“In the year 2050, the Philippines braces for the coming of the fiercest storm ever to hit the country. And as the wind and waters start to rage, poets wander the streets.” So goes the blurb for Lav Diaz’s 17-minute short film.
My mind raced back to Dodo Dayao's "Violator" for wasn't the tale set in the midst of a raging storm? The film opens without hint of the future so without the blurb, it could have happened today.
A mangy dog scavenges the streets of Evangelista (either in Quiapo or in Pavia, Iloilo). A dentist does prophylaxis on the patient. A waiter tends to the customers of a restaurant. A student slouches on a thick book.Despite the warnings, it's just another day in the lives of the people.
Elsewhere, a man starts reciting the third act of Shakespeare's "Hamlet": "To be, or not to be, that is the question: Whether 'tis Nobler in the mind to suffer. The Slings and Arrows of outrageous Fortune, Or to take Arms against a Sea of troubles, And by opposing end them: to die, to sleep." In steady succession, the poetry goes on: Ophelia (Hamlet's potential wife) comes into the picture. A girl (Hazel Orencio) marches into the scene, sits on a bench and bewails the difficulty she's having: "Kung anu-anong pinagagawa ng director." You'd hear her say. A commentary maybe about the film making process not being a walk in the park?
There's a steel work nearby, and as the night falls, Shakespeare turns... Ilocano? The same girl then recites Mark Antony's speech (Shakespeare's "Julius Caesar") before the market crowd who's mostly oblivious to her ramblings. It felt like Moses warning her brethren about an impending catastrophe. But in the midst of different dialects (yes, dialects, not "languages", excuse me), the exercise is lost in the most unlikely trumpeteers of doom.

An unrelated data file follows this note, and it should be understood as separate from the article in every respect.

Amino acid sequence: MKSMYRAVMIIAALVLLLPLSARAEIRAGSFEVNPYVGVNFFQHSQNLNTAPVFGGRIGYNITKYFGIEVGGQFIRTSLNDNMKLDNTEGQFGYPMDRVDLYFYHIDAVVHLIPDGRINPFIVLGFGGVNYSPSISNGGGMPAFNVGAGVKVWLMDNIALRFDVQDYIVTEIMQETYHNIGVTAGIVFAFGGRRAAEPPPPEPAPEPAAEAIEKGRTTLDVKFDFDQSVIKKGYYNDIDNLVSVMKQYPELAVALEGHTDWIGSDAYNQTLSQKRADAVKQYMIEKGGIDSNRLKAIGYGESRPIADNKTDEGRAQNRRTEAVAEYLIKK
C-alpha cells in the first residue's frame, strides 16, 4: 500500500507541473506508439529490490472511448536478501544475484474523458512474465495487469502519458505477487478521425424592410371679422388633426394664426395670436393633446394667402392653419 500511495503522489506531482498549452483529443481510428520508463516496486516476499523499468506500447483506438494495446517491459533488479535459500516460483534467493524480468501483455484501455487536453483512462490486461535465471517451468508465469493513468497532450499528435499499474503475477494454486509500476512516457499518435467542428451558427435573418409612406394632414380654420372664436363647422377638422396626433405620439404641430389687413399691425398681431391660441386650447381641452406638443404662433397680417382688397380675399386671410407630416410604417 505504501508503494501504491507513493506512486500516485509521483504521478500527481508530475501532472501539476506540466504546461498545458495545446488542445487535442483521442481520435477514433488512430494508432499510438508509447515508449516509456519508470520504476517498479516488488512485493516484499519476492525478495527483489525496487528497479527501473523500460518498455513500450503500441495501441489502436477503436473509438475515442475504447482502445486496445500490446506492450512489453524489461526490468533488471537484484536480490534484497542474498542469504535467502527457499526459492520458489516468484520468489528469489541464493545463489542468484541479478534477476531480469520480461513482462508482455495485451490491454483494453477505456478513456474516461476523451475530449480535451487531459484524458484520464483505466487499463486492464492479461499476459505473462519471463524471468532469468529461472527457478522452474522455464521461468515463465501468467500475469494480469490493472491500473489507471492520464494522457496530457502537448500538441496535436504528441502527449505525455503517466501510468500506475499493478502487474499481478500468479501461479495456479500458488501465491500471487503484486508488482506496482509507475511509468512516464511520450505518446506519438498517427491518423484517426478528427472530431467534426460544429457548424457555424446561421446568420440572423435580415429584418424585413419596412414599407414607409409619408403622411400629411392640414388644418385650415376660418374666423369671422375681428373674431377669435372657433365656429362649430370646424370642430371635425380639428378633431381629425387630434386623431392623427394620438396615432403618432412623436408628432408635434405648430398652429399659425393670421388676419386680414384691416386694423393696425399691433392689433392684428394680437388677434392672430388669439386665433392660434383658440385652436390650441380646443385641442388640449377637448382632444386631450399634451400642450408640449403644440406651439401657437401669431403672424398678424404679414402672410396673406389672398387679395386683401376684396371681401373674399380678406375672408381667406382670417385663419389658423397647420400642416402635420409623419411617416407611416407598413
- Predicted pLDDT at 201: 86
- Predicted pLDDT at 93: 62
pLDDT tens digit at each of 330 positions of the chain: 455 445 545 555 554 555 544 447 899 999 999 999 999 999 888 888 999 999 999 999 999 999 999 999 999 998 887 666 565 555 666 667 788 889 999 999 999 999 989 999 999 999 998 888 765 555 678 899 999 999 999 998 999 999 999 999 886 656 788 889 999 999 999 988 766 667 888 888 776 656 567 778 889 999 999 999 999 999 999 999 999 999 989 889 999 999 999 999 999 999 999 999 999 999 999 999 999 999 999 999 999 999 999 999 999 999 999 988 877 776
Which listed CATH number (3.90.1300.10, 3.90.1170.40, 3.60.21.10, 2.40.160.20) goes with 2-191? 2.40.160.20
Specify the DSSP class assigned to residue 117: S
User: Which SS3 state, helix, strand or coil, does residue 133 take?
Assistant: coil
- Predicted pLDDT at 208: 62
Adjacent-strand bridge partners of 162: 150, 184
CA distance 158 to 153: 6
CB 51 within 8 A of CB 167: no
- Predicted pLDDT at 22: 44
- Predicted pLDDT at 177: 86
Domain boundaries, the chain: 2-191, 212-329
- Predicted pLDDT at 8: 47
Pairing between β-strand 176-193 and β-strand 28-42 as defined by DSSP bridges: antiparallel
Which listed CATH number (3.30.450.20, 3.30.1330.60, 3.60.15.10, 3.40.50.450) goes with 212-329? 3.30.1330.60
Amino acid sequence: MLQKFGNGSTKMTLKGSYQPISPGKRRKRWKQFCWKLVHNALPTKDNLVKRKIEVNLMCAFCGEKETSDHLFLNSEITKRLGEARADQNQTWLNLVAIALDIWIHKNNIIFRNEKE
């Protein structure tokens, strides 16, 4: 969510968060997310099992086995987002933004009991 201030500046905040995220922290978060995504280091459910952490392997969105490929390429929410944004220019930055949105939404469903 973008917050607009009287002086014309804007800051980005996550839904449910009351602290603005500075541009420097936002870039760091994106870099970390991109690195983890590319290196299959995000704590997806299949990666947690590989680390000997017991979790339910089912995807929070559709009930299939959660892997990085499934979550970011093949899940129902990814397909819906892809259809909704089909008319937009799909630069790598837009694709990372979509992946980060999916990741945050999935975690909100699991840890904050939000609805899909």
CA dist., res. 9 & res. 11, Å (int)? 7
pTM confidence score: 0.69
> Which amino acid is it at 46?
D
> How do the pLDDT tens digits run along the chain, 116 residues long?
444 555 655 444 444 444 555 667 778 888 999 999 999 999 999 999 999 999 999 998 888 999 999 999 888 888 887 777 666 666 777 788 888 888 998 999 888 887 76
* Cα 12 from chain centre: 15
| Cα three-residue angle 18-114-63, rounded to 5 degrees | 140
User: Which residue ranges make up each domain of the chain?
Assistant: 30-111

Then the rains come in torrents. Soon, the streets fill with flood. The girl scampers for home, but a shadowy figure follows her. Is the devil trailing her?
Lav Diaz's short film is a series of seemingly unrelated narrative strings with a "lot" of missing strains thus it's hard to make sense of them. The images are prepossessing. There's the skewed horizon we've grown accustomed to from Diaz's "Mula sa Kung Ano ang Noon" (2014) and the proclivity to offer no explanation. The concluding scenes particularly baffles: From the very wet exteriors, the camera takes us inside a very dry room - well-lighted, and more importantly unimpaired by the cataclysm outside. Then it zooms in on a moth! Voice over: "He arrives silently bringing with him color; and life."
Though not particularly a satisfying experience, "Ang Araw Bago ang Wakas" (The Day Before the End) is a thought-provoking tale employing incongruent images. It could be a discourse about heeding warnings or the role of destruction to bring forth new life - or both. Wouldn't you be interested in Lav's thoughts on this film (because questions beg to be asked)?
The blurb isn't very appropriate though. The "poets" start to wander the streets before "the wind and waters start to rage". It won the principal prize at the 62nd International Short Film Festival in Oberhausen, Germany last May this year.
Lav Diaz is finally appreciated in his homeland; something that we've wished for him even before he became prominent abroad. His films have found an audience among Filipinos. Who would have thought that "Hele sa Hiwagang Hapis" would get SRO screenings when it opened here? For someone who doesn't believe in lengthy expositions, I love his films. Diaz is a genre all his own. I've seen most of his films. I even like him as an actor, last seen in "Singing in Graveyards". Let's just hope he gets his horizons straight next time. Tee hee.
#angarawbagoangwakas #lavdiaz #shortfilm #hazelorencio